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Family Court Changes Could Be No Change At All


Family Court Changes Could Be No Change At All

ACT New Zealand Deputy Leader and Social Welfare Spokesman Dr Muriel Newman today issued official information confirming that the Labour Government's changes to bring more openness into the Family Court could well be toothless.

"While clause 129 (1)(fa) of the Care of Children Bill certainly allows accredited media and a wider range of people to attend Family Court hearings, clause 129 (3) contains sweeping provisions to allow parties involved in a case to object," Dr Newman said.

"I have sought clarification from the Government as to its intention: if it becomes common practice to object to the presence of media in hearings, then claims of bringing more openness into the Family Court are false. Today, I asked the Minister's office"

`Can any party to proceedings object to the presence of an accredited news media reporter and if so can a Judge exclude them from proceedings?'

"And the official answer:

`A party is free to raise concerns with the presiding judge about the presence of witnesses, a person speaking about a child's cultural background, support persons and an accredited news media reporter at a hearing. The judge is entitled to request any of the above persons to leave a courtroom, and the person must comply with such a request (cl 129 (3) - this provision is an extension of s27(2) of the Guardianship Act 1968).'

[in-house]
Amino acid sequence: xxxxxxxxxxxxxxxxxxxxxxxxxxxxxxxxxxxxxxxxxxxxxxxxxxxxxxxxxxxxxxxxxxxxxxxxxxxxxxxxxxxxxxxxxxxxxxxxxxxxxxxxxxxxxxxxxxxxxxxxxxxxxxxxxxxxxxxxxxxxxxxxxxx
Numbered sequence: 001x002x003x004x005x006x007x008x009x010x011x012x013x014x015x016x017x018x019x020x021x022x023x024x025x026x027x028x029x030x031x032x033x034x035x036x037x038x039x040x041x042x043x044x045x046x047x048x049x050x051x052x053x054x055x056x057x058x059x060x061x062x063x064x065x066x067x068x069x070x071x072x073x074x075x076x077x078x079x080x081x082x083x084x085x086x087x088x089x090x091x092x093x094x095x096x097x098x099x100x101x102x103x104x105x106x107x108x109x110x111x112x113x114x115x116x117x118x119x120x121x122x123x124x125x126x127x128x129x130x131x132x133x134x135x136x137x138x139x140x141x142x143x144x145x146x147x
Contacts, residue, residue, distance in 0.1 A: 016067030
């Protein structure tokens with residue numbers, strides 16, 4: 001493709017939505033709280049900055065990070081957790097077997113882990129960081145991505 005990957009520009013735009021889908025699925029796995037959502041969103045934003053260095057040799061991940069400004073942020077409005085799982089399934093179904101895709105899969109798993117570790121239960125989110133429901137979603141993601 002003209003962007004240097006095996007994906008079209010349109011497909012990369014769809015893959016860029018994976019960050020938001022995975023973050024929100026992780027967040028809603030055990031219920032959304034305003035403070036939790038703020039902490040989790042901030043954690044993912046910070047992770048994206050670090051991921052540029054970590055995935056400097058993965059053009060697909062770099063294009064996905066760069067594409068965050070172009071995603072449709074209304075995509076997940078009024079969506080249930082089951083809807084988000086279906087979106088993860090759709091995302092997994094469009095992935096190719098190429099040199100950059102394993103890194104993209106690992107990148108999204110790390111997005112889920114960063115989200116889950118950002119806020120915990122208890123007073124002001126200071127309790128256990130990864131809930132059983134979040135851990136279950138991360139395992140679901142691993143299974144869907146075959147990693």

The Bill does not attempt to prescribe in what situations a Judge would make such a request. This is not unusual in legislation. There are a number of situations in which it might be appropriate to exclude observers, as opposed to parties, from a hearing.

Examples justifying exclusion might include intensely personal evidence of sexual abuse; the presence of one party's supporters is intimidating the other party; a child is giving evidence in Court; or where the persons are disrupting the hearing.

"In making a decision under clause 129 (3), a Judge will balance a number of competing interests, including the need for transparency and public interest in proceedings against the privacy interests of the parties involved and the best interests of the child.

"This answer demonstrates that, despite of Labour's rhetoric, openness appears to be an optional extra. That is why changing the presumption of the court from closed to open was so important, and why it was so disappointing to see the government opposing that move in order to protect the secrecy in the court", Dr Newman said.


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